Georgia Power files 2019 IRP with Georgia regulators

Georgia Power recently filed its 2019 Integrated Resource Plan (IRP) with the Georgia Public Service Commission, proposing new renewable energy programs as well as energy efficiency targets.

If the renewable energy programs are approved, the company added, its total renewable energy capacity would increase to 18% of Georgia Power’s portfolio by 2024. Of its new energy saving programs for residential and commercial customers, the company said that by 2022, those programs are designed to help reduce peak demand about 1,600 MW, which is 10% of the company’s current peak demand.

As noted in the filing submitted to the commission, the IRP reflects the ongoing evolution of Georgia Power’s planning strategy through the procurement of energy from an additional 1,000 MW of renewable resources, continued implementation of demand-side programs, retirement of aging and economically challenged plants, compliance with environmental requirements, and deployment of battery energy storage technologies.

The IRP noted that to maximize benefits for customers, the 1,000 MW of renewable resources will be procured through a competitive bidding process and evaluated utilizing the Renewable Cost Benefit Framework (RCB Framework) approved by the commission following the 2016 IRP. Those procurement programs maintain the customer-focused strategy of growing renewables to deliver the most benefits for all customers at the lowest cost, the IRP said.

The new Customer Renewable Supply Procurement (CRSP) program, modeled after the commercial and industrial (C&I) Renewable Energy Development Initiative (REDI) program, will procure 950 MW of utility scale renewable resources available for subscription to new and existing customers. The IRP added that the company plans to procure up to 50 MW of renewable distributed generation (DG) resources to continue to support the development of that market segment. For the utility scale and DG procurements, the company proposes to continue sharing the projected long-term benefits realized from the power purchase agreements (PPAs), the IRP said.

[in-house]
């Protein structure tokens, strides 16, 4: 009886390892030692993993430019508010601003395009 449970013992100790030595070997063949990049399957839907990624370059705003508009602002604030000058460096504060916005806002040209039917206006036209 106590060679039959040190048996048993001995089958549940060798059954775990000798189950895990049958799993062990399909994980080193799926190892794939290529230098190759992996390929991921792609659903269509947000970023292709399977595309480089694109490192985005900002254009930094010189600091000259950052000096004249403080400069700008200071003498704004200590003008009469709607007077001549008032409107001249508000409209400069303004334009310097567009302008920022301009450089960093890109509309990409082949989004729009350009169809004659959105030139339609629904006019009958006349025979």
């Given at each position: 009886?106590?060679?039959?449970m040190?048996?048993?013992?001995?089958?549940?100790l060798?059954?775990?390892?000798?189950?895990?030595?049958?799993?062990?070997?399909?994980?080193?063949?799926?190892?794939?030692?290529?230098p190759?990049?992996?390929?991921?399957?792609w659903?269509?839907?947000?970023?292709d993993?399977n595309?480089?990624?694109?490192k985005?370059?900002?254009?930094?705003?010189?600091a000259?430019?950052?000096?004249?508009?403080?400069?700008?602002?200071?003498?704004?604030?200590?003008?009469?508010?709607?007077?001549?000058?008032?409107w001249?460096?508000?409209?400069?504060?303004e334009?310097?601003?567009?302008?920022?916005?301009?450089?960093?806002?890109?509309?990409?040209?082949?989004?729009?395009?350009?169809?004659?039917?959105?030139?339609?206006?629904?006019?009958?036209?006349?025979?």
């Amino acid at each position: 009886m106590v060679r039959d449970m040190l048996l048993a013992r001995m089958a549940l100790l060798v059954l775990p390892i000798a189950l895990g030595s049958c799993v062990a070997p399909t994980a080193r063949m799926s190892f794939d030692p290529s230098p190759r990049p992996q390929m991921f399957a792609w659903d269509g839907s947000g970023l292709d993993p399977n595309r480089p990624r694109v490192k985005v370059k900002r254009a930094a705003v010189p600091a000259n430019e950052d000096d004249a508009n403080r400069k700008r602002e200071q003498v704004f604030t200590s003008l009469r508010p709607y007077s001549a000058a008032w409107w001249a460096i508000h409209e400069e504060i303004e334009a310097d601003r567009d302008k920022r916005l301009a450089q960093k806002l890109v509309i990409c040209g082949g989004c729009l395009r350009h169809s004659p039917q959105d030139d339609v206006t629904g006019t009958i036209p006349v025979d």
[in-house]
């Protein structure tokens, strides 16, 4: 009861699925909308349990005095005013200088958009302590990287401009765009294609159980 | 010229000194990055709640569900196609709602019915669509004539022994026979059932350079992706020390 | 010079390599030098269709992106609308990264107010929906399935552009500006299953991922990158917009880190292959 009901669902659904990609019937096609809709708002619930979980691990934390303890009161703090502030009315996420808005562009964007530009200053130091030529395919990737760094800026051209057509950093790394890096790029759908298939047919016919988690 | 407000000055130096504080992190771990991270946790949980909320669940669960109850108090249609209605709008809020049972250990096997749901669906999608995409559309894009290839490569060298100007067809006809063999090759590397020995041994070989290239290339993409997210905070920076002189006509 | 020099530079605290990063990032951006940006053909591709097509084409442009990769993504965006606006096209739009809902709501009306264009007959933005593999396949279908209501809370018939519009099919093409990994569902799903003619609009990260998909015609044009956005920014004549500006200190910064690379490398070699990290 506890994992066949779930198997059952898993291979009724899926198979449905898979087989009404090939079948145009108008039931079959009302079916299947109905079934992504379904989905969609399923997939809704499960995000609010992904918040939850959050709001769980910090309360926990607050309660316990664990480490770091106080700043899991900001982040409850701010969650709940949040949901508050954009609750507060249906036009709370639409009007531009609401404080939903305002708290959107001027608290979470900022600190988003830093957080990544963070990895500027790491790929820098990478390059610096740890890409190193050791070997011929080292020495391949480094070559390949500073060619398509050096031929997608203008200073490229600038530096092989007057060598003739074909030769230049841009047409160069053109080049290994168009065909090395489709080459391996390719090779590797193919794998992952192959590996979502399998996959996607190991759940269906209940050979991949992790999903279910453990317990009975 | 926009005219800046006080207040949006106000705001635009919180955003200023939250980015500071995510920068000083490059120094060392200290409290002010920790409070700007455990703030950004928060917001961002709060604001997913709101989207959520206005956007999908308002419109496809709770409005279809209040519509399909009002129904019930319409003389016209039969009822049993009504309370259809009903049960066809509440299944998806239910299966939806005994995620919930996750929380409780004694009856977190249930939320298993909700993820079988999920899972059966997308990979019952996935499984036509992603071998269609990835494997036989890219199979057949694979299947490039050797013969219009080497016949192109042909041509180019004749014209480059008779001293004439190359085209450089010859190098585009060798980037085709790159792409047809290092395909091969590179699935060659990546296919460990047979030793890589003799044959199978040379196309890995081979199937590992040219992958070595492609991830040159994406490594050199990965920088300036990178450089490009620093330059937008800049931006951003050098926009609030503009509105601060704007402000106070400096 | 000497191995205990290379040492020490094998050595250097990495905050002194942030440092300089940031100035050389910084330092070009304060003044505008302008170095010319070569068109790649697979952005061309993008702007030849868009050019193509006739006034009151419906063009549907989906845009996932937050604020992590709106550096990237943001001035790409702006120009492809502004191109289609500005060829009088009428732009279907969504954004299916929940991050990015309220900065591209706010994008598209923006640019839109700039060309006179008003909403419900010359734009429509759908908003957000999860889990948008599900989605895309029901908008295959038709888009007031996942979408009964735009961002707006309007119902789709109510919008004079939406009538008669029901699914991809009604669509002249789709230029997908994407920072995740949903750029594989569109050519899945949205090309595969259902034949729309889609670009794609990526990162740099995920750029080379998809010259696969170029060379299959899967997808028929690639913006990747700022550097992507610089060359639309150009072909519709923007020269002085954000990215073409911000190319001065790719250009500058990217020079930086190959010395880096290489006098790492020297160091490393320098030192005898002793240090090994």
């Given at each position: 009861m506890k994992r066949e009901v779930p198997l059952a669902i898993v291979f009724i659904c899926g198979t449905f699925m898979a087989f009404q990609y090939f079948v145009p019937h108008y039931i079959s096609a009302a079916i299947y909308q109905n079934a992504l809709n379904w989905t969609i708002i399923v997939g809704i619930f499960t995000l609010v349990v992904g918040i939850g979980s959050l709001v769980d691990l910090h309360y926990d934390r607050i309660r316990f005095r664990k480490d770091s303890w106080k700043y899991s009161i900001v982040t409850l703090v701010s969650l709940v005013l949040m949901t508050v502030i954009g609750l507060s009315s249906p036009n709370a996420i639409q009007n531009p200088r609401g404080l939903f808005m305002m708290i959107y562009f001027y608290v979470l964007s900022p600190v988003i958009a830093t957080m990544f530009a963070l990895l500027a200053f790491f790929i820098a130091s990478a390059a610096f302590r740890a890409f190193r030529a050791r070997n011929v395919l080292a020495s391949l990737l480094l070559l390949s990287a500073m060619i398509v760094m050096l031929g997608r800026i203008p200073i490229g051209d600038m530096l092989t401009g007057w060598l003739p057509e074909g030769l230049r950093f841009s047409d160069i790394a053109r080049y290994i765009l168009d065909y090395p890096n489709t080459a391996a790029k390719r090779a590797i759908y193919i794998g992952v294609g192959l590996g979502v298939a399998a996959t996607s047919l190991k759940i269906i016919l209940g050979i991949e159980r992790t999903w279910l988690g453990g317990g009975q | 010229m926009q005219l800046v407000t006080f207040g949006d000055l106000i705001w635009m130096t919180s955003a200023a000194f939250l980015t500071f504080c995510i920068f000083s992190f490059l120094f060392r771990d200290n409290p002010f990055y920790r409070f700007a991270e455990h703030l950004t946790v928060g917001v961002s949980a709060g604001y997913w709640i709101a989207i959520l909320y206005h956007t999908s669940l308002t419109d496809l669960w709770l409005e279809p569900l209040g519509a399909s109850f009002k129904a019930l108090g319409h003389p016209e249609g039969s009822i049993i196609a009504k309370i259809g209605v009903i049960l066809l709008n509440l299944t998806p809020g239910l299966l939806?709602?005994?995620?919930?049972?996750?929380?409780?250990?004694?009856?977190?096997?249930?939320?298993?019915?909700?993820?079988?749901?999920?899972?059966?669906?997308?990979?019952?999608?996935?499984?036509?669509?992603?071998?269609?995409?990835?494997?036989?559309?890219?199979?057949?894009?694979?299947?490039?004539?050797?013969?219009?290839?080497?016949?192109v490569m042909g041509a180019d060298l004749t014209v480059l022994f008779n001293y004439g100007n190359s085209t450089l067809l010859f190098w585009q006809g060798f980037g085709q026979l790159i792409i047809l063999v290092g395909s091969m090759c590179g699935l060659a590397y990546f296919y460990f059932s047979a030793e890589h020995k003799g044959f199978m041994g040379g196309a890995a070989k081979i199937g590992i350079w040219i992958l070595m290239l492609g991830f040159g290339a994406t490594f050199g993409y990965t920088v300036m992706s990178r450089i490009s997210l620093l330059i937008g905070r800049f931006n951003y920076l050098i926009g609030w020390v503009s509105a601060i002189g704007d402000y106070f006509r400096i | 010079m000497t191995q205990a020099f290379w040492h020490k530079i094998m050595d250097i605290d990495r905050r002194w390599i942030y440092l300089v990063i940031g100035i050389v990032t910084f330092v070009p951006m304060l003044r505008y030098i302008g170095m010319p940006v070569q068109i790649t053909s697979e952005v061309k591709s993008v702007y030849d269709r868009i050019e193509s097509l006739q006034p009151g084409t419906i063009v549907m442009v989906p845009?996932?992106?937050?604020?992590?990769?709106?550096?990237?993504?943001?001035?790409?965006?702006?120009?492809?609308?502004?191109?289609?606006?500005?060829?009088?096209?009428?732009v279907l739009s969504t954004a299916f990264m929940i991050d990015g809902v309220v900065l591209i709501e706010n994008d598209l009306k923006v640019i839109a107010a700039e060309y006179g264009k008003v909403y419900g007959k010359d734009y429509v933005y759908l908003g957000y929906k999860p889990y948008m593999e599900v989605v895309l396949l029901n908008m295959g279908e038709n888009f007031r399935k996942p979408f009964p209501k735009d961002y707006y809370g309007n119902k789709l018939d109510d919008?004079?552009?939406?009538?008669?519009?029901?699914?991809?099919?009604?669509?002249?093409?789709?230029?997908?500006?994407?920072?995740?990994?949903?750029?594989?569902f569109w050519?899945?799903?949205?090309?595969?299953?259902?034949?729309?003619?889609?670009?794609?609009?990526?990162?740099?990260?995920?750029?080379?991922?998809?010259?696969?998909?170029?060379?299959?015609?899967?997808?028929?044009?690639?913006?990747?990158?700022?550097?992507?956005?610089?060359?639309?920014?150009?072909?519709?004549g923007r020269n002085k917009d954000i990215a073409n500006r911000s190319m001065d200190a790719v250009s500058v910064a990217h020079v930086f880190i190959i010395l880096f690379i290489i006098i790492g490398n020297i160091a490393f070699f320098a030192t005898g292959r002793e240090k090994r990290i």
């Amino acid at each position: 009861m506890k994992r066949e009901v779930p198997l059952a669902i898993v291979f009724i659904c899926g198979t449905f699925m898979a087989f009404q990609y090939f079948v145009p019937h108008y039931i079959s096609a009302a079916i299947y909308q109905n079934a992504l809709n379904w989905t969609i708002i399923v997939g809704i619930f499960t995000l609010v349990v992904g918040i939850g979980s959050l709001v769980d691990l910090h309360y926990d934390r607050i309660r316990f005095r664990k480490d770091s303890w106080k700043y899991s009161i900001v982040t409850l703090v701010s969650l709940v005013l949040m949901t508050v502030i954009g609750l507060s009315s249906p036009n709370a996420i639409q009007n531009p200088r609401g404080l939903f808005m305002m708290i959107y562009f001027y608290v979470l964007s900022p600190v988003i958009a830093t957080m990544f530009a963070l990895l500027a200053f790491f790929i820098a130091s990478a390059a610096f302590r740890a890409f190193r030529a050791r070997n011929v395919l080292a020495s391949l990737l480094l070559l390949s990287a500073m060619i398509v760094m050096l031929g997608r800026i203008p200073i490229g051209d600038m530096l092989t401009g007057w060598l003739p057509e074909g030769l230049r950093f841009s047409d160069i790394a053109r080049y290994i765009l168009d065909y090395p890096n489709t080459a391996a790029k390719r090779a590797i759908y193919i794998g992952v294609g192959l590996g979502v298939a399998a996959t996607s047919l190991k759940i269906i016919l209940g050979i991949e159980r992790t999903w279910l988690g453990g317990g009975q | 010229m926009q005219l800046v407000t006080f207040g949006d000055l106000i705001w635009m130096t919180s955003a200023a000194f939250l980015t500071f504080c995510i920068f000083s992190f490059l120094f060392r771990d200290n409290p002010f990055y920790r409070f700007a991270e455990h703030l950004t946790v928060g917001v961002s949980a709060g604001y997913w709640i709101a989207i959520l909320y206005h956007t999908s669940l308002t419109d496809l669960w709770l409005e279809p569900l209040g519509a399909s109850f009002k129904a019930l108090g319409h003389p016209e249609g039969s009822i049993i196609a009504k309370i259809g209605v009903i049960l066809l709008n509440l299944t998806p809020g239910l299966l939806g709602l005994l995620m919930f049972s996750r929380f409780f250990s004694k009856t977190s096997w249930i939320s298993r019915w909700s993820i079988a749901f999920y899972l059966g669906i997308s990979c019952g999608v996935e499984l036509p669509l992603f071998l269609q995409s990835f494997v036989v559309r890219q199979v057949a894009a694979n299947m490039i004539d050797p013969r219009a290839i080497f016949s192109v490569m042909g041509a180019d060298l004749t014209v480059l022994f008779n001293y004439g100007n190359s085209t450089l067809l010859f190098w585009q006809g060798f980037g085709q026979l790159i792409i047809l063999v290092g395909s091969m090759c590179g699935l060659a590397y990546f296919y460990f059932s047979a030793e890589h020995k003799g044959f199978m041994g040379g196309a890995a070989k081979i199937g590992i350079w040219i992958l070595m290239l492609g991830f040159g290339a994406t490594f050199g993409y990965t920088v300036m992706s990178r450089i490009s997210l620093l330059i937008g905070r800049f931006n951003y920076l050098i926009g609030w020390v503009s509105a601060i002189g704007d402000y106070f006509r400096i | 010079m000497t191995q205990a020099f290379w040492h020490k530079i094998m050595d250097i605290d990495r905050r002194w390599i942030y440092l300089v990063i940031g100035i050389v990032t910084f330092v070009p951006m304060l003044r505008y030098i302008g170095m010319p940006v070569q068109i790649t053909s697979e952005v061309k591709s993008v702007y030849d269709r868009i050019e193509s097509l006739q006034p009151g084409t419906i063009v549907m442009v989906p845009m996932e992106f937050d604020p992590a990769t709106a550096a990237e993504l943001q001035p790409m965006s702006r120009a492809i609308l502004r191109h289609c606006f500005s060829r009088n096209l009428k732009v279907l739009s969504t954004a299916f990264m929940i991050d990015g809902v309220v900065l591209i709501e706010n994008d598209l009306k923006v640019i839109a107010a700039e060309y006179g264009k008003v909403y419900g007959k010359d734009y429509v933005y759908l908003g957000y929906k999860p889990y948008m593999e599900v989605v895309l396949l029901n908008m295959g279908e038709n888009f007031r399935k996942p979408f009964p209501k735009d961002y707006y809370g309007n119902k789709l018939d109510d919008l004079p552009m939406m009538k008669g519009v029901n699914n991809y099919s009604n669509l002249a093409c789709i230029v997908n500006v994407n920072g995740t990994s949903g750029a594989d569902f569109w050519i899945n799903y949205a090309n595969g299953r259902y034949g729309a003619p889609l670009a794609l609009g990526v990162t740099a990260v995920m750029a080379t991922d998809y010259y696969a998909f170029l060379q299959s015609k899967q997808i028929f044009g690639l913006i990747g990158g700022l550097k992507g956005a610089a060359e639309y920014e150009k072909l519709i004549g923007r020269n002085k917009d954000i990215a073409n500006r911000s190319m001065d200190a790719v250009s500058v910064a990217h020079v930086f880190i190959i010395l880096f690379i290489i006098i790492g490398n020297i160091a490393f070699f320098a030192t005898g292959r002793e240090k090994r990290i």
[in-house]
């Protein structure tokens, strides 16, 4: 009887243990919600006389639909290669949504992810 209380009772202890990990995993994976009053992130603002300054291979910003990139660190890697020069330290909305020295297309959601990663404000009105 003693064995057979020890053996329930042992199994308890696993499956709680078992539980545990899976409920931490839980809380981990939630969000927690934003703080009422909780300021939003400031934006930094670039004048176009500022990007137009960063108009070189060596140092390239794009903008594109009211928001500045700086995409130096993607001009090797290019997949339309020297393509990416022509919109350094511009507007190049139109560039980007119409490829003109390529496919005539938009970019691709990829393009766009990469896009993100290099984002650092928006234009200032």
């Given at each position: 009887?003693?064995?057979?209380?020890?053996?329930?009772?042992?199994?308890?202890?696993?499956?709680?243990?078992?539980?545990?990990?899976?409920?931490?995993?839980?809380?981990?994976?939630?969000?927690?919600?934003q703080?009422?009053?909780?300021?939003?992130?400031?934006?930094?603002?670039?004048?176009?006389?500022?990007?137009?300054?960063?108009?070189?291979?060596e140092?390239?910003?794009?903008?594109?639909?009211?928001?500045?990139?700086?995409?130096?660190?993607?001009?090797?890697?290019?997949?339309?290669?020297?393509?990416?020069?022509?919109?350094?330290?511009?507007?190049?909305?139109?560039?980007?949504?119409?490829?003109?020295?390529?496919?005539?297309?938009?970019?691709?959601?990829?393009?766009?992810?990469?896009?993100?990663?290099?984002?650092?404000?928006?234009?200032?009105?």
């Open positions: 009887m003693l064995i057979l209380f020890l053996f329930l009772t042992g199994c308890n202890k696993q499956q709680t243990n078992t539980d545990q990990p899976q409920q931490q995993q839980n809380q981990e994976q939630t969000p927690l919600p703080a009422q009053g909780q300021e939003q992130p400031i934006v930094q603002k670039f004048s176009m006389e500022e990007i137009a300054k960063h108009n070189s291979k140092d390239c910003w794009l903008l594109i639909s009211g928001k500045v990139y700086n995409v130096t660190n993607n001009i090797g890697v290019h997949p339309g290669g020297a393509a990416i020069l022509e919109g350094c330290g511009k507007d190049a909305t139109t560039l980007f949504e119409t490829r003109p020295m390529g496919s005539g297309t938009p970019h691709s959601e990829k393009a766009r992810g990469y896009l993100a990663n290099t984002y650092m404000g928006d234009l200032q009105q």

The IRP also noted that the company performed an in-depth economic analysis of certain fossil fuel-fired generating units to determine which units will continue to provide economic benefits to customers. The results of that analysis show that sustained low gas prices combined with reduced energy demand growth continue to place economic pressure on the company’s remaining coal-fired generating units, the IRP said, adding that the company recommends retirement of Plant McIntosh Unit 1 and Plant Hammond Units 1-4.

The IRP said that Georgia Power plans to continue operation of the remaining coal fleet based on the benefits those units provide to customers. For Plant Bowen Units 1-2, Georgia Power acknowledges the economic challenges associated with continued operation of those units in certain scenarios but recognizes that immediate retirement of those units would be premature and expose customers to significant reliability risks associated with generation capacity shortfall, the IRP said.

Furthermore, the absence of those units requires construction of significant transmission system upgrades to support reliable operations, the IRP said, adding that the company plans to defer major resource decisions for those units to avoid any irreversible decisions that may be contrary to the long-term interests of customers.

To provide decision making flexibility, Georgia Power plans to take the appropriate steps to ensure future reliability, including making the appropriate transmission upgrades and issuing two capacity based requests for proposals (RFPs), the IRP said. The first RFP will seek resources that can provide capacity beginning in 2022-2023 due to the economic challenges associated with Plant Bowen Units 1-2, while the second RFP will seek resources that can provide capacity beginning in 2026-2028 ahead of the company’s currently forecast capacity need, the IRP noted.

Georgia Power also intends to retire three small hydro plants – Plant Estatoah Unit 1, Plant Langdale Units 5-6, and Plant Riverview Units 1-2. The IRP added that those plants went into service in 1929, 1908, and 1918, respectively, and represent a total 0.4 MW of retail capacity.

Among other things, the IRP discussed wholesale generation, noting that about 25 MW of Plant Scherer Unit 3 capacity will be available to serve retail customers after Dec. 31, following the expiration of an existing wholesale PPA. Georgia Power proposes to offer those 25 MW of capacity to retail jurisdiction beginning Jan. 1, 2020, consistent with a commission order from July 2008.

About Corina Rivera-Linares 2807 Articles
Corina Rivera-Linares, chief editor for TransmissionHub, has covered the U.S. power industry for the past 13 years. Before joining TransmissionHub, Corina covered renewable energy and environmental issues, as well as transmission, generation, regulation, legislation and ISO/RTO matters at SNL Financial. She has also covered such topics as health, politics and education for weekly newspapers and national magazines. She can be reached at corinar@pennwell.com.